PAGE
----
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Integration by parts

Watch this video to understand integration by parts - a process that finds the integral of a product of functions.
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In this video, we are going to look at integration by parts. So the definition for integration by parts is if we have 2 functions u and v, they are functions of x, then the integral of u multiplied by dv over dx with respect to x is u multiplied by v subtract the integral of v multiplied by du over dx integrated with respect to x. So we’re going to look at an example now, which is a definite integration. So we want to find the integral between pi and 3 pi of x sine of x with respect to x. So let’s call u, x. And let’s call dv over dx, sine x.
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Then we know that du over dx if u is x du over dx will be 1. And if dv over dx is sine x, then v will be negative cosine of x. Because if we integrate sine x it gets us negative cosine of x. So using integration by parts, this is the integral that we want to find. And we can see using the integration by parts formula that we can write this as u multiplied by dv over d x. And then using integration by parts this would be uv, the definite integral between pi and 3 pi, so we have to find it between pi and 3 pi.
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Subtract the integral of v multiplied by du over dx between pi and 3 pi. And we have u dv over dx du over dx and v above, so we can just substitute them in, such that uv will be negative x cosine x and v du dx will just be negative cosine of x, because du over d x is 1. And then if we integrate negative cosine of x this will be negative sine of x and we’ve got to subtract negative sine x will be plus sine x. And now we just have to substitute the values in for the definite integral.
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One hint is when you’re substituting the values in, of course, make sure your calculator is in radians if you’re using radians in the question. And so when we integrate 3 pi into here cosine of 3 pi will be negative 1. So we would have negative 3 pi multiplied by negative 1 is 3 pi subtract cosine of pi would be negative 1. So negative pi multiplied by negative 1 is negative and would be positive pi, but then we subtract in the lower value. So we get negative pi and when we subtract 3 pi and pi into sine of x this gets us zero. So our final answer for question 1 is 2 pi.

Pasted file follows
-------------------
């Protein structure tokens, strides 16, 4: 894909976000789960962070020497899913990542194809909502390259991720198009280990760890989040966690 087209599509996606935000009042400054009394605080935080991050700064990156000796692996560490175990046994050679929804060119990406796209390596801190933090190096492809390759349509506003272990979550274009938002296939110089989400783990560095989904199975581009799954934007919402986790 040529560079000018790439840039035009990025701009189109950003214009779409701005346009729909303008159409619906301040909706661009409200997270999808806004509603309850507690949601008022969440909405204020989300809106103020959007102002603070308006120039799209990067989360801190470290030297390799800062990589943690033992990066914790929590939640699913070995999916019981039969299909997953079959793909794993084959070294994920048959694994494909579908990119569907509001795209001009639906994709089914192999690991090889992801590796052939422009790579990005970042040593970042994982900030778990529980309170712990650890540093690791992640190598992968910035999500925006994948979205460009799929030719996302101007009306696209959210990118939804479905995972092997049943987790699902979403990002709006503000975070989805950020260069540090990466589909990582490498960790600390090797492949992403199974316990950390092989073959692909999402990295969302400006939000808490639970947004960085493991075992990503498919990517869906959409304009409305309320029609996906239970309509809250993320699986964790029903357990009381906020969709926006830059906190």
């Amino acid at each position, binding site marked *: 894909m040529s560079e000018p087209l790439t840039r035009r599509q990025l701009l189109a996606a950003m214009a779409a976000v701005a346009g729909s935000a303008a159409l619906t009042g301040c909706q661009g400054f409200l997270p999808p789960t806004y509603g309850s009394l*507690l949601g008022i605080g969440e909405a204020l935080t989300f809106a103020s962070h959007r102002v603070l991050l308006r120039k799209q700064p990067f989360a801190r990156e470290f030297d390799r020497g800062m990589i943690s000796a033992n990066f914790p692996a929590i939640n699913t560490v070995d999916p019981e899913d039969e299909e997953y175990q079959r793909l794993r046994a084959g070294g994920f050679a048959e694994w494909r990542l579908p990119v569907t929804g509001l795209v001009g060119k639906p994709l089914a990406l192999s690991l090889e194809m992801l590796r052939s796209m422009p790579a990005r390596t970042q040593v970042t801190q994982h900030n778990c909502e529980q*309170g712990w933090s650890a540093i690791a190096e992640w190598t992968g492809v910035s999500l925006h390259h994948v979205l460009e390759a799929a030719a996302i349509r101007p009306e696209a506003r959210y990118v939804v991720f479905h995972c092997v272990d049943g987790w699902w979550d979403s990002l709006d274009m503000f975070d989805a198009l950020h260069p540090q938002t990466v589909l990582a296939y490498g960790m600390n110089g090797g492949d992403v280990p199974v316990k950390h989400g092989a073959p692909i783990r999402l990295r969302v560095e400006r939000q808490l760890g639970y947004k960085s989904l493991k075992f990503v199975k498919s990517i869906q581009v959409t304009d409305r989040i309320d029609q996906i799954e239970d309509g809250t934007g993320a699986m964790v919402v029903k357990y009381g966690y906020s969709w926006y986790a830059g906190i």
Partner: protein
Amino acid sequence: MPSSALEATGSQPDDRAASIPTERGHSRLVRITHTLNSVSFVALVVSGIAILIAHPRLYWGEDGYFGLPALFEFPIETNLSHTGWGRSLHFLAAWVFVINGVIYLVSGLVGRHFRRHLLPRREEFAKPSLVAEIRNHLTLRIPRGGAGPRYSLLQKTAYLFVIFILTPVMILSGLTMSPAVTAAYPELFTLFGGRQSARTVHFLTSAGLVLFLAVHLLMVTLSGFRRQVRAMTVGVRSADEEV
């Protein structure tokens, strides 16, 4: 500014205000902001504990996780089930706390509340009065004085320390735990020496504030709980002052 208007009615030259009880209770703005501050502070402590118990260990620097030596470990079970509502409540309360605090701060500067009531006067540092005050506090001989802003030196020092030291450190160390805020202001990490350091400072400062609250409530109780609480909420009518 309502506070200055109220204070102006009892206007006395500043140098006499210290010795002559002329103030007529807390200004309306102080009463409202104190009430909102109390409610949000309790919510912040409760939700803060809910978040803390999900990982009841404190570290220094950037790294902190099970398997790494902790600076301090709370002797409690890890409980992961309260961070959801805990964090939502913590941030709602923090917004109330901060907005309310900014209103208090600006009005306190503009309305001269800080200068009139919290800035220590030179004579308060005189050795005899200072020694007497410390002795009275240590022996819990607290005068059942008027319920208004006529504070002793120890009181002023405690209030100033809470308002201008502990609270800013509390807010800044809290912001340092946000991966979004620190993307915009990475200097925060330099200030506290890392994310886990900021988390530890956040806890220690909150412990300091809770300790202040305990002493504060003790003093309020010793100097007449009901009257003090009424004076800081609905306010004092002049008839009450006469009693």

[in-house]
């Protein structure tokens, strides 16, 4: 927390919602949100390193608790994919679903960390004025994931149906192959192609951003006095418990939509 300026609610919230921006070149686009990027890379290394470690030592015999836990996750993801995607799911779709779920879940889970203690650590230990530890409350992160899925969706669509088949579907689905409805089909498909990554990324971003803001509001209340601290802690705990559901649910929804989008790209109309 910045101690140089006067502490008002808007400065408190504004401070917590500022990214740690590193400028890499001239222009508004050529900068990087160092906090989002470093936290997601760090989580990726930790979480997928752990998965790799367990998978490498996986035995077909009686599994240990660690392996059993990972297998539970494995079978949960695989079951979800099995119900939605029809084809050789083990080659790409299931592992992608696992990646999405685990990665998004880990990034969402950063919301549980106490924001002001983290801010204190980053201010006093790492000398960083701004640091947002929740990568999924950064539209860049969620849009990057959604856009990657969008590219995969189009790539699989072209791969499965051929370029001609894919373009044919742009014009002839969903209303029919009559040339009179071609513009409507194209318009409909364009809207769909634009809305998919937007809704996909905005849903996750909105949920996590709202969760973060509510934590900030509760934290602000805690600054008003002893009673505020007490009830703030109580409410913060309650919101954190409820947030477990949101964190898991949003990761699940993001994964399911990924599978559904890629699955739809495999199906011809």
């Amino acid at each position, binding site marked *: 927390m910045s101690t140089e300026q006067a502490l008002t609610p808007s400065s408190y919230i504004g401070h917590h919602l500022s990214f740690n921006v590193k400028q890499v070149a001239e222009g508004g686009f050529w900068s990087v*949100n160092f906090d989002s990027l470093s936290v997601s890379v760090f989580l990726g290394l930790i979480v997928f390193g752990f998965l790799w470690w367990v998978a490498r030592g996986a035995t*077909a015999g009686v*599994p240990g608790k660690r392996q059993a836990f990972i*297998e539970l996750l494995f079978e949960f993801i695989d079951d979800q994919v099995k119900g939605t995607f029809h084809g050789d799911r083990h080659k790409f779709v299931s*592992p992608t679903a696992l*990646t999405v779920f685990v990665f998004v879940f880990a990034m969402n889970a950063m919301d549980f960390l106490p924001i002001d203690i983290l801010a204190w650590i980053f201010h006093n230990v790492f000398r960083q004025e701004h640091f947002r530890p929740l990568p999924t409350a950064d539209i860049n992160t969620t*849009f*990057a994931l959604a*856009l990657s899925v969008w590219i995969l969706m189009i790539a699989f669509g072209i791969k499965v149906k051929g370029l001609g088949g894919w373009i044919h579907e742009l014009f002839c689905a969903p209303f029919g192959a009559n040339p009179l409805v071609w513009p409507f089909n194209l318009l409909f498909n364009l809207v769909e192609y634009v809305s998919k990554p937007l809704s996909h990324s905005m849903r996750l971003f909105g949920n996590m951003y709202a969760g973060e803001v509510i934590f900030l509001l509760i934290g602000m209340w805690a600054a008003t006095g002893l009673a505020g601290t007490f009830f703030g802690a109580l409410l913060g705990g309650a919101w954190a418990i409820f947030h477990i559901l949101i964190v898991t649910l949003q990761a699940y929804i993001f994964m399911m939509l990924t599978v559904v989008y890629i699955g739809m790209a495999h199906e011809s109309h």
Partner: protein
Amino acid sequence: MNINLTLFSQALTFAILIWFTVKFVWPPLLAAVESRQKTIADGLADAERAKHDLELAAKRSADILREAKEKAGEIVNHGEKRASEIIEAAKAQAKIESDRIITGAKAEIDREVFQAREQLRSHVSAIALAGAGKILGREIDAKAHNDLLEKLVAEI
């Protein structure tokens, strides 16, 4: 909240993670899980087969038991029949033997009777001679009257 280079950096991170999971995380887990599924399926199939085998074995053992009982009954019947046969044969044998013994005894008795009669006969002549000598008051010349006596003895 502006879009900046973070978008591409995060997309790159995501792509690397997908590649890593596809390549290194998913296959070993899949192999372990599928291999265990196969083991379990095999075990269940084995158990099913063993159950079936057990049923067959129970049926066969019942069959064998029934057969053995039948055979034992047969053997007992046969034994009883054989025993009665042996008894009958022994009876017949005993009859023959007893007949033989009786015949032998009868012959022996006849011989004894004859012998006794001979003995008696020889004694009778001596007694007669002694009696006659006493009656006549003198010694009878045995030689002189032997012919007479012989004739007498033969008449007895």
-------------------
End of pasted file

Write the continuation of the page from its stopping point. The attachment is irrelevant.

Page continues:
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So we’re now going to look at the second example using integration by parts. So it’s again a definite integral and its x divided by the square root of 2x subtract 1. So we’re going to integrate this between 1 and 2. So this time, let’s put that u is x, that would mean that dv over dx would be 1 over the square root of 2x subtract 1, which we can rewrite as 2 x subtract 1 to the power of negative 1/2. And du over dx if u was x du over dx will be 1, and v would be 2x subtract 1 to the power of 1/2. And we would get v by integrating dv over dx.
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And we can do this using integration by substitution. So we’re going to use integration by parts again, the definitions there as before. So this is what we’re integrating, and we can rewrite that as integration by parts. So integrating something of the form u which is x multiplied by dv over dx, which is 2x subtract 1 to the power of negative 1/2. And that would be using integration by parts uv determined between 2 and 1 subtract the integral of vdu over dx, integrated between 1 and 2. Now we just need to substitute f for n, so uv would be x multiplied by 2x subtract 1 to the power of 1/2 between 1 and 2.
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And v du over dx will just be one lot of 2x subtract 1 to the power of 1/2. And then when we integrate this second integral, using integration by substitution again. Well when we substitute 2 into here we get that that’s 2 square root of 3 and when we substitute 1 in that gets us 1 so it’s 2 square root 3 subtract the 1 with the lower value, so subtract 1, and then we’re going to subtract this integral, which when we use integration by substitution we can find is 2x subtract 1 to the power of 3 over 2, all divided by 3 and we do that between 1 and 2, such that we’ve got our first parts again.
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And when we substitute 2 into this one, we get square root of 3. When we substitute one in, we get negative 1/3 so if we subtract negative 1/3 that gets a positive 1/3. And when we type this in a calculator, we would get a square root of 3 subtract 2/3 is the answer to the second example.
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So in the comments below one task you could do is create your own question, but this time with an indefinite integral instead of definite, which can be solved by integration by parts. And you may want to answer someone else’s question to practise integration by parts. Thank you for listening.

Watch this video to understand integration by parts – a process that finds the integral of a product of functions.

Share in the comments below:

Create your own question with an indefinite integral which can be solved by integration by parts.
As an added challenge, can you answer someone else’s question?

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